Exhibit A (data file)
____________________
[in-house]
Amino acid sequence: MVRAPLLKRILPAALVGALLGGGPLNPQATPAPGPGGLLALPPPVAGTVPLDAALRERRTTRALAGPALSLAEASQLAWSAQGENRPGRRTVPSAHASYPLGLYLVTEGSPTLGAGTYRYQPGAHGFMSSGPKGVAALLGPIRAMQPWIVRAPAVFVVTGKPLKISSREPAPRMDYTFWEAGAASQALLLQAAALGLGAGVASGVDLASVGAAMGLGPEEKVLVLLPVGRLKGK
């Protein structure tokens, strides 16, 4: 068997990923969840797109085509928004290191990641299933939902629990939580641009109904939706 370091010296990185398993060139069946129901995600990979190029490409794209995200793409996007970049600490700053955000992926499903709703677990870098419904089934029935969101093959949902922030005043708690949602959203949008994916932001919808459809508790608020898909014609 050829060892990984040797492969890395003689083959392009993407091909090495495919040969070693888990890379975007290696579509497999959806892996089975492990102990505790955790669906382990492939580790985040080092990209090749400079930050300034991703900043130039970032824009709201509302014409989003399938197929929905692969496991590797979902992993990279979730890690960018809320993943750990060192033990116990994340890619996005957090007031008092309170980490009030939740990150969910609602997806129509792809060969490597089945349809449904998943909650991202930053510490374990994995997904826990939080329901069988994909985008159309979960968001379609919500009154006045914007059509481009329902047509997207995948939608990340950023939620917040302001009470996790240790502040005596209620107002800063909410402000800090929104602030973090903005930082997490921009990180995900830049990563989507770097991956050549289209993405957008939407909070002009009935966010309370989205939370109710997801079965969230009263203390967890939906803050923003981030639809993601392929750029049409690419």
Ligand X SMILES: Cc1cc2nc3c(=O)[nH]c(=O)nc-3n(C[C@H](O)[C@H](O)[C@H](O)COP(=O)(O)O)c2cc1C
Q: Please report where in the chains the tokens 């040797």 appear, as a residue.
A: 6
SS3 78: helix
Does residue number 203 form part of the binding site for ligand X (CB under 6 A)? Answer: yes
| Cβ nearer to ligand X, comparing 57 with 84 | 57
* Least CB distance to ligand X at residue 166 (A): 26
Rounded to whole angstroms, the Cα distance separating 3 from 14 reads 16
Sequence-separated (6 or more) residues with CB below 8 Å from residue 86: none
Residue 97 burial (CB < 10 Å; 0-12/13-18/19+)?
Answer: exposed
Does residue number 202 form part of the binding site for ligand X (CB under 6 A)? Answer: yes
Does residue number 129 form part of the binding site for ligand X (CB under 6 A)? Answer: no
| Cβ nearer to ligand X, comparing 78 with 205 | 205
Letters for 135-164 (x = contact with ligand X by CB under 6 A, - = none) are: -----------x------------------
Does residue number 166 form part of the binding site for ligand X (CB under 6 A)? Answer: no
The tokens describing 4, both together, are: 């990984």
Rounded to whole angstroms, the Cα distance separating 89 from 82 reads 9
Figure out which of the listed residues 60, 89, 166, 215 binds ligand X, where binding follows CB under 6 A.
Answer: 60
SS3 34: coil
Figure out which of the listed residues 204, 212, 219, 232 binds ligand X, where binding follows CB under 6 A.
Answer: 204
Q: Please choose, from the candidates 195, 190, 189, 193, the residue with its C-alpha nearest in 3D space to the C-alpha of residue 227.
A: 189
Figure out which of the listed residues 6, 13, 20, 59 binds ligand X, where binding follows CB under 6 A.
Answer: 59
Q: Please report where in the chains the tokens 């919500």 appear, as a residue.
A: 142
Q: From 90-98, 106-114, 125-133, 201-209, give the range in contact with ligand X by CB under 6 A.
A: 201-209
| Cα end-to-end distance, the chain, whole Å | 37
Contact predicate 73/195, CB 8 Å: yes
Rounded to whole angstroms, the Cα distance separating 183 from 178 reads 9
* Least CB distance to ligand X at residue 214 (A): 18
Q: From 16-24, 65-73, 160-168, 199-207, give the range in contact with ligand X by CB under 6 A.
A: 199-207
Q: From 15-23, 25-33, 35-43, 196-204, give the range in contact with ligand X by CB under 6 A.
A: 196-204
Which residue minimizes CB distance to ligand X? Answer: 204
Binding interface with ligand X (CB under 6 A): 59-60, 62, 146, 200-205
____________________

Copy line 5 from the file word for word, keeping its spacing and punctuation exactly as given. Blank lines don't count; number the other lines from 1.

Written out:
Q: Please report where in the chains the tokens 């040797």 appear, as a residue.